Theresa May’s deal has been rejected again and the Brexit deadlock continues. Meanwhile, the entire ruling class is running down the clock on an even more important issue.
May’s deal is dead. After another crushing defeat, it looks like her zombie premiership will soon be over too. Two months ago, she suffered the biggest parliamentary defeat of a British PM since women have had equal voting rights with men. Following that, in an effort to salvage the deal, she said that she was seeking legal changes to the Northern Ireland backstop.
Late on Monday night (11 March), she came back from Strasbourg with three documents: a joint EU-UK instrument relating to the withdrawal agreement, a unilateral declaration by the UK, and a joint EU-UK supplement to the political declaration. The first of these only ‘reduces the risk the UK could be deliberately held in the Northern Ireland backstop’; the second of these has uncertain legal status (the UK would have to prove in a European court that it had been held in the backstop in bad faith); and the third is concerned with future intentions, rather than legal guarantees.
In other words, she came back with the same deal. With similar results. Today (Wednesday 13 March), Parliament is due for another vote, on whether the UK should leave with No Deal. If as seems likely, Parliament votes to reject a No Deal, then it is due for a further vote tomorrow (Thursday 14 March) on whether to extend the deadline.
It is unclear what will happen over the next few days: how much more time MPs or the government will try to buy themselves; how much time the EU will let them have (one deadline we already know is the European elections on 23 May); how long before the government collapses and a new general election is called.
Testing the waters
Here’s what we do know: a Brexit managed by the Tories – hard, soft or deferred – will be shambolic, regressive and racist.
Its contingency planning for a No Deal Brexit has involved handing out a £14m contract to open a new UK-EU ferry service for emergency medical supplies to a company without any ferries. Following a legal challenge, it has now reached an out-of-court settlement with Eurotunnel that will cost it £33m, regardless of the outcome of the Brexit negotiations.
The risk is not just from incompetence. Hardline Tory Brexiters see an opportunity to use the chaos in order to push through radical neoliberal measures, in ‘shock doctrine’ fashion. One briefing paper released last year on the prospect of a UK-US free trade deal commented that ‘health services are an area where both sides would benefit from openness to foreign competition, although we recognize any changes to existing regulations will be extremely controversial’, and so proposed to ‘test the waters and see what is possible’.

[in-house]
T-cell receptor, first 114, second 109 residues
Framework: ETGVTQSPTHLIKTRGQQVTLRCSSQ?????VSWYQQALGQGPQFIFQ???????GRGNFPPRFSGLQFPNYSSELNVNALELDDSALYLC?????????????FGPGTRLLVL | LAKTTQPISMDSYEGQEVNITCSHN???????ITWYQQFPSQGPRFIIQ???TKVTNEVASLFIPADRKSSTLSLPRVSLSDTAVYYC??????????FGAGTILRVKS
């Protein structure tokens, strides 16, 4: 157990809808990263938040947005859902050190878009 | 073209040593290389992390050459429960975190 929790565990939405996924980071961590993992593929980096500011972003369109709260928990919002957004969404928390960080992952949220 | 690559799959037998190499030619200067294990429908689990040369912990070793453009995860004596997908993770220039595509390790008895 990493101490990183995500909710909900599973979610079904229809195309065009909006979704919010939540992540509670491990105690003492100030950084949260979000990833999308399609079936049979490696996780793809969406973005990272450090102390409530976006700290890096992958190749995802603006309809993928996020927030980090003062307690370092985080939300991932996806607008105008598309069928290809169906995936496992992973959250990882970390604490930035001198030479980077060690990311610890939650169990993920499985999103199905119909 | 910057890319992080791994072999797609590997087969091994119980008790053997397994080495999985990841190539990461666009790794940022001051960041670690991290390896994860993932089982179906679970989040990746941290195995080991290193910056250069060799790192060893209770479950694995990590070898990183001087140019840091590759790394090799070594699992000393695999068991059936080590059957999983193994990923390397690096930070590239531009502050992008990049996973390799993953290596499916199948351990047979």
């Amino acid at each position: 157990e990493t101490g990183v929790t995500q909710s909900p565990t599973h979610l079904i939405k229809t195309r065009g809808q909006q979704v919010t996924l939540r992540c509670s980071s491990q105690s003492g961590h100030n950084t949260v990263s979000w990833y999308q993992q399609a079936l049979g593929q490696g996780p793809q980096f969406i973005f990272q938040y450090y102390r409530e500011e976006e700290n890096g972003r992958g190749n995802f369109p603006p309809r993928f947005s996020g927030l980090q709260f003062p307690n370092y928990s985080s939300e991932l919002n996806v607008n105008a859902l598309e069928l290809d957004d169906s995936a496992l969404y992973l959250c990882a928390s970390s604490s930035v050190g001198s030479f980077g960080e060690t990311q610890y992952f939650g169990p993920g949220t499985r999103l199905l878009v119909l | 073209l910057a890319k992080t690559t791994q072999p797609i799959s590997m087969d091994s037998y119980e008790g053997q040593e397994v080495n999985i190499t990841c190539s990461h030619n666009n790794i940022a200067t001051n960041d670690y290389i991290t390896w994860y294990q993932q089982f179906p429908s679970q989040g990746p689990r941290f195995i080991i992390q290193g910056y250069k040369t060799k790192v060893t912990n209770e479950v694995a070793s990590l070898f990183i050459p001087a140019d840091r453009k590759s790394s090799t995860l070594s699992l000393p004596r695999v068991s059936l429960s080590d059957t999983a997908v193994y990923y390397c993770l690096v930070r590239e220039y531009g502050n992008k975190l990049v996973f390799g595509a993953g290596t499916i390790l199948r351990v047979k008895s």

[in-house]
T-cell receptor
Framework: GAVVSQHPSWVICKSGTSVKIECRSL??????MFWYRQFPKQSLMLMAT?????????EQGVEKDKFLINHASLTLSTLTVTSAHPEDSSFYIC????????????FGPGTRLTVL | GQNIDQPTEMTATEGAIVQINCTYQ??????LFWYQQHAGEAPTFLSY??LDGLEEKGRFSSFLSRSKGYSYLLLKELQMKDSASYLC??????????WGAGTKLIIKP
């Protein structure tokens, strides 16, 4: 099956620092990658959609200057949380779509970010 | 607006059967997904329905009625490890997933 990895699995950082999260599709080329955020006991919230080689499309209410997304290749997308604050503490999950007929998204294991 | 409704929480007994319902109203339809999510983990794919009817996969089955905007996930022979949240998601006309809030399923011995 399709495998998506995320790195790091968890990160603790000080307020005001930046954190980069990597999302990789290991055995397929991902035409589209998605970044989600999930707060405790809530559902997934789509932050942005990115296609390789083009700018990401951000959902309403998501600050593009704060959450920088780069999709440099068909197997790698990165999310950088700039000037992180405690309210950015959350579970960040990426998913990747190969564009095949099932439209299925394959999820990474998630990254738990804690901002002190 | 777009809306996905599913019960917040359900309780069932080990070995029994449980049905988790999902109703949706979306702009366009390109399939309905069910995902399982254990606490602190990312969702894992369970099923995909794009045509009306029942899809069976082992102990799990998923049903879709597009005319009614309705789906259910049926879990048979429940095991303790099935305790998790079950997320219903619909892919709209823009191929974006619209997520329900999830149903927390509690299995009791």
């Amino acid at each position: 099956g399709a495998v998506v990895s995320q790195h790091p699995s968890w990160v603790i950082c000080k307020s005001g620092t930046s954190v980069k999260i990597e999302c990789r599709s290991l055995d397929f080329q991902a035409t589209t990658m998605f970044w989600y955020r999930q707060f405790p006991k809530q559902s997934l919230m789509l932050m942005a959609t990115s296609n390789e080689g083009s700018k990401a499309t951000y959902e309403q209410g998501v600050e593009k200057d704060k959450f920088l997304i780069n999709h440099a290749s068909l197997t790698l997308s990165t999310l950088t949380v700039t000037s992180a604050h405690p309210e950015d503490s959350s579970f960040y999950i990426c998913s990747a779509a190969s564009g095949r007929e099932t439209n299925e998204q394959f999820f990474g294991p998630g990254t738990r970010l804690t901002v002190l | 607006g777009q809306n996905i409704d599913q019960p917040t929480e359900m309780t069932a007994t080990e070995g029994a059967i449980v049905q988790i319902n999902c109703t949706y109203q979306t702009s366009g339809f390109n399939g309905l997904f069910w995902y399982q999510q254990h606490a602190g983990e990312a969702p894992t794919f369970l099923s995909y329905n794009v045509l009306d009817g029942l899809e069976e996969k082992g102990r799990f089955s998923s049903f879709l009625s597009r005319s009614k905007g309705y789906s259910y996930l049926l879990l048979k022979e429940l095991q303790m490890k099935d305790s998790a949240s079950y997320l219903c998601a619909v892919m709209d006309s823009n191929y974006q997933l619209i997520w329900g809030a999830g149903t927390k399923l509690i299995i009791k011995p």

Meanwhile Labour is very critical of the Tories’ management of Brexit negotiations and post-Brexit planning, but has failed to defend freedom of movement for EU citizens. Even as it criticised the Tories’ scapegoating of migrants, the last Labour manifesto stated as fact that ‘freedom of movement will end’.
There is another even more important deadline looming.
Last autumn, the Intergovernmental Panel on Climate Change (IPCC) argued that there are 12 years remaining to take the necessary steps to limit global warming to a maximum of 1.5C above pre-industrial levels. A scientific paper published on Monday (11 March) by the journal Nature argues that this is an overly optimistic scenario, based on the assumption that unproven carbon removal technologies can play a major role.
To give a sense of the scale of the disconnect: if countries keep to pledges made at the 2015 Paris climate agreement, we are currently on track for growing emissions until 2030, and a prospect of warming of 3.0C to 3.5C.
So Corbyn is quite right to argue that poverty and climate change are more important than Brexit. The UN has described the levels of child poverty in the UK under a decade of Tory austerity as ‘not just a disgrace, but a social calamity and an economic disaster’.
But Labour seems to struggle to put its talk about climate change into practice. Since Monday (11 March), the High Court has been hearing a legal challenge to the government’s decision to allow the building of a third runway at Heathrow, despite the emissions targets they committed themselves to in Paris in 2015. When Parliament voted on the expansion back in June 2018, though, Labour gave its MPs a free vote. Len McCluskey actively campaigned to persuade MPs to vote for expansion.
There is now a growing campaign for local authorities to declare a climate emergency. Campaigners are asking councils to use the words ‘climate emergency’ in motions or executive decisions, set a target date, and working groups to report within a short timescale on the practical measures taken to act on the IPCC report of 2018.
In Carlisle, one such motion was passed last Tuesday (5 March), committing to make the council’s activities net-carbon neutral by 2030, convene a citizens assembly in 2019 to oversee and shape related action plans and to ensure that consideration in climate change is embedded in all of the council’s work.
Labour should be taking this up at the national level. It should be developing concrete and ambitious proposals towards a just transition. It must also recognise that as the climate changes, more and more people will need to migrate, and that they have every right to do so. Freedom of movement, not just for EU citizens, but for all human beings, is a crucial part of a transition to a safer, fairer world.
During the debate in Carlisle, 6-year-old Emily gave a powerful speech:
Many young people feel that they have been utterly failed by inaction on climate change. On Friday 15 March, school students and youth across the world will be walking out of their schools and colleges to demand action. There are some deadlines that we can’t afford to let our rulers miss.